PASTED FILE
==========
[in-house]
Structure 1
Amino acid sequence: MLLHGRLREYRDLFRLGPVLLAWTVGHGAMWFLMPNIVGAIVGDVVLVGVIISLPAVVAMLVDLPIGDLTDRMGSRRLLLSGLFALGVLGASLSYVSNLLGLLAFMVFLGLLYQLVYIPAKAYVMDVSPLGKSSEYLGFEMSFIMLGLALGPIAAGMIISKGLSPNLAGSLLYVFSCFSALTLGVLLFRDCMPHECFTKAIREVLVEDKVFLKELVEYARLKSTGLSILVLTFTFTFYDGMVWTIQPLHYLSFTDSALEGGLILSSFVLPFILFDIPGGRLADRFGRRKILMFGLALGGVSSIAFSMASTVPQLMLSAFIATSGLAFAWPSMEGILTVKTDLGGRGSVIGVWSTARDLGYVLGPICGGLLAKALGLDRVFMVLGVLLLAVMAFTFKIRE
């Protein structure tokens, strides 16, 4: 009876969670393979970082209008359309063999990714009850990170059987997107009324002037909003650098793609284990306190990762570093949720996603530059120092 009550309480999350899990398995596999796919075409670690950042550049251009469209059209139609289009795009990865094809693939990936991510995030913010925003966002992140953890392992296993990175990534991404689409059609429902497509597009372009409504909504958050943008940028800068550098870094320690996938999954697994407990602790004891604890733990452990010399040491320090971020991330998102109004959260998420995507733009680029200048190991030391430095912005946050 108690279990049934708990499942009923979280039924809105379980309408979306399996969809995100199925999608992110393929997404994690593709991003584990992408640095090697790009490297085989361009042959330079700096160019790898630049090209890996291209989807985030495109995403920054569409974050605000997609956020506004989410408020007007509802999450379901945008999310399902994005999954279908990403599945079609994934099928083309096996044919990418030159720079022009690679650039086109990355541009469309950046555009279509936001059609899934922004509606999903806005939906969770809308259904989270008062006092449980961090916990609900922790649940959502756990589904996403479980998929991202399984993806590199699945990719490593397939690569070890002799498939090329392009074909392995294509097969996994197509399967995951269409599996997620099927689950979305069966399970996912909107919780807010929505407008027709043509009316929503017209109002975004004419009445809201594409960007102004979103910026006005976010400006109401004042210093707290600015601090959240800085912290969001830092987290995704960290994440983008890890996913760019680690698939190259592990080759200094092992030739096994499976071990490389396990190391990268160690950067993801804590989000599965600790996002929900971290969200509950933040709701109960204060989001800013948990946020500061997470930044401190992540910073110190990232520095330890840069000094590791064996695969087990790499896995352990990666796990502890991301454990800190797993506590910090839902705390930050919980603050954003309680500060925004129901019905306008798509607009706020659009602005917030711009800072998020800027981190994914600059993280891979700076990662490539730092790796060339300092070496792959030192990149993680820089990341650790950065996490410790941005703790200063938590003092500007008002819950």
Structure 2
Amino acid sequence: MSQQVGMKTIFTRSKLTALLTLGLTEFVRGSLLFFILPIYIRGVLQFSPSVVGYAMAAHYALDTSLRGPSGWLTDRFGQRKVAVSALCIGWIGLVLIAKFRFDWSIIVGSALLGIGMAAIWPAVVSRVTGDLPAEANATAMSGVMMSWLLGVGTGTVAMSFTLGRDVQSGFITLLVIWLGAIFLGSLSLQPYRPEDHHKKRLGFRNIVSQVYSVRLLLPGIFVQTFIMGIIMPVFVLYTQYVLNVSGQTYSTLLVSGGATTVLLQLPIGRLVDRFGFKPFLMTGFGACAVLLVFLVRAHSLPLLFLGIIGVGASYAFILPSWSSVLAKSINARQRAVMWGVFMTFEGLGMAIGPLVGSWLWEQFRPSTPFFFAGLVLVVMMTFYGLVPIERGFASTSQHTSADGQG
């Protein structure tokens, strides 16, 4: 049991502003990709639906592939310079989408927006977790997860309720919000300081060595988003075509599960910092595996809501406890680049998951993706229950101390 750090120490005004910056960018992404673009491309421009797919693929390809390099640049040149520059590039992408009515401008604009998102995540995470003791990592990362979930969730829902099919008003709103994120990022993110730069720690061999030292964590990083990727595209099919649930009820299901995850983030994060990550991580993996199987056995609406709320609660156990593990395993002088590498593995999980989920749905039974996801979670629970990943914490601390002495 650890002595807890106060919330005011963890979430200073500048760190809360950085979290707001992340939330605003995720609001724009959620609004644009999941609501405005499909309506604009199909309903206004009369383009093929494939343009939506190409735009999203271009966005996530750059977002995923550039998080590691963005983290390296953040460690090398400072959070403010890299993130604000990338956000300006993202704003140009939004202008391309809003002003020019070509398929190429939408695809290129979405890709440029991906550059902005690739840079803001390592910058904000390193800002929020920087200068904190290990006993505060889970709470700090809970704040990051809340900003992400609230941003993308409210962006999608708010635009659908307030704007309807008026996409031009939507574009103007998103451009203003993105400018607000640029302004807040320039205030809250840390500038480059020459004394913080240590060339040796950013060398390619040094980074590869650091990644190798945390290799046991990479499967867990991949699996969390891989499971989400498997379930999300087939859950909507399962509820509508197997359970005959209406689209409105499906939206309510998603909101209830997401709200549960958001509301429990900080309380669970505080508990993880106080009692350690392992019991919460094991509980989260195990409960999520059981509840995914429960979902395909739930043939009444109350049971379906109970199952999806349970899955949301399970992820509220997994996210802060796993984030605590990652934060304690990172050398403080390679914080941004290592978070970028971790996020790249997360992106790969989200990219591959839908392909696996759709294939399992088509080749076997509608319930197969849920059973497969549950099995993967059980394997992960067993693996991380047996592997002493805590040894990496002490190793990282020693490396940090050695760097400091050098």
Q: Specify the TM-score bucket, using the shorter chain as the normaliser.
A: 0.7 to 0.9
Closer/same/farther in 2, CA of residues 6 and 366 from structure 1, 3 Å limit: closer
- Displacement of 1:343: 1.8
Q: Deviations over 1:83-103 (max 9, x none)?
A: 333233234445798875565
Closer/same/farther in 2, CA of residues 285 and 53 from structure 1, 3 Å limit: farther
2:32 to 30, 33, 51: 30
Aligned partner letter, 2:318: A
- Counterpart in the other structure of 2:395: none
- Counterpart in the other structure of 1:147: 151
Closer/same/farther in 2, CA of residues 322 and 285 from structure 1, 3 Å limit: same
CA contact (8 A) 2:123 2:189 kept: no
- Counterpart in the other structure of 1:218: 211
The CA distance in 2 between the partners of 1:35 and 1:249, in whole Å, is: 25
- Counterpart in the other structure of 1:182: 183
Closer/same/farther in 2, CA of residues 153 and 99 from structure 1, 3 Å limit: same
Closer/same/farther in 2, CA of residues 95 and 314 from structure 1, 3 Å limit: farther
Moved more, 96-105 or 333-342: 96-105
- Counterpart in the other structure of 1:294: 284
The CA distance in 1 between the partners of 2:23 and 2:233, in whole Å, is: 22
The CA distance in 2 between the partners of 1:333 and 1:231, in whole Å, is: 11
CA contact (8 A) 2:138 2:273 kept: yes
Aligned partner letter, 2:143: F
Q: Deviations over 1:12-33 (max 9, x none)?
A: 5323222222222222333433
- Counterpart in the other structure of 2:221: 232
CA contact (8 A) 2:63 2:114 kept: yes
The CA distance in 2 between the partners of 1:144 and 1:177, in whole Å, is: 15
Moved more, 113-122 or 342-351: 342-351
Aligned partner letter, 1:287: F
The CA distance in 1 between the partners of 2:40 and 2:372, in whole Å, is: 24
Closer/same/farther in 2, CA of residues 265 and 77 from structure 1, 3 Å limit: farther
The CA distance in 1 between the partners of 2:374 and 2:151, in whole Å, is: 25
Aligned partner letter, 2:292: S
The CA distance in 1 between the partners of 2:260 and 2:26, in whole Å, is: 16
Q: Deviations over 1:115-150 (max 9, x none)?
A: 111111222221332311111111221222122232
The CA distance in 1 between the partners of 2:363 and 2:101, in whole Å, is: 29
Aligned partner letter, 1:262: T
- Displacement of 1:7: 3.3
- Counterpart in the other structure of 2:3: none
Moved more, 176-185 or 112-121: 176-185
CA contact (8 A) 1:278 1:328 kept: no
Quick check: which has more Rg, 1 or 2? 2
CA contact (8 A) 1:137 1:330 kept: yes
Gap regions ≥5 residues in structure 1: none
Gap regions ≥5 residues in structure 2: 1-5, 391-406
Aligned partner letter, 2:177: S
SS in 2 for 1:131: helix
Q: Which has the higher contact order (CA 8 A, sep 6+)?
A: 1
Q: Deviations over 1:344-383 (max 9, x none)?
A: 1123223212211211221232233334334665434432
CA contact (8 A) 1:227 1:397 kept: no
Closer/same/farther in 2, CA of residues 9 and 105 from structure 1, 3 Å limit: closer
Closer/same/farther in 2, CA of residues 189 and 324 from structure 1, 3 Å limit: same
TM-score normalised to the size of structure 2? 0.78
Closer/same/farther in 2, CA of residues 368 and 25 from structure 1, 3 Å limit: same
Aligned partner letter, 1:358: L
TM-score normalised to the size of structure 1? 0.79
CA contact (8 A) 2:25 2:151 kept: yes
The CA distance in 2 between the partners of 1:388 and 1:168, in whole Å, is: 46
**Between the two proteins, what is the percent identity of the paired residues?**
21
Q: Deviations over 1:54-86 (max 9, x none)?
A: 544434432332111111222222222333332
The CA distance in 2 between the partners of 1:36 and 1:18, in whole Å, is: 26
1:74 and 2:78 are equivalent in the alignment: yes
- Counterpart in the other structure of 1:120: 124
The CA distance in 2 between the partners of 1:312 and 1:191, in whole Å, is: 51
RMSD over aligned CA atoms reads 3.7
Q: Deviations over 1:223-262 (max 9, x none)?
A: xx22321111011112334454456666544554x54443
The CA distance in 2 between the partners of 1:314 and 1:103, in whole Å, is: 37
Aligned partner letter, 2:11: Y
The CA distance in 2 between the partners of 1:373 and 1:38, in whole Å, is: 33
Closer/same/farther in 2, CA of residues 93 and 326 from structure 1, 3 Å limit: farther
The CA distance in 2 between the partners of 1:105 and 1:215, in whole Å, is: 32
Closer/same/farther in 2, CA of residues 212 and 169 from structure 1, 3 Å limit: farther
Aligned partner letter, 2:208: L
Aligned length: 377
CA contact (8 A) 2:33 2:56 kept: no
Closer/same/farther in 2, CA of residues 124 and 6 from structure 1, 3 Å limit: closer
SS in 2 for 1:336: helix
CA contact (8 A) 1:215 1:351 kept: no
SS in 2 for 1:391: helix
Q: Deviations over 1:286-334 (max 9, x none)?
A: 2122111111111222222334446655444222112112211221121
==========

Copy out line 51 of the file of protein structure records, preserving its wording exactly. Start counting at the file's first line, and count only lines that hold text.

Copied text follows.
CA contact (8 A) 1:278 1:328 kept: no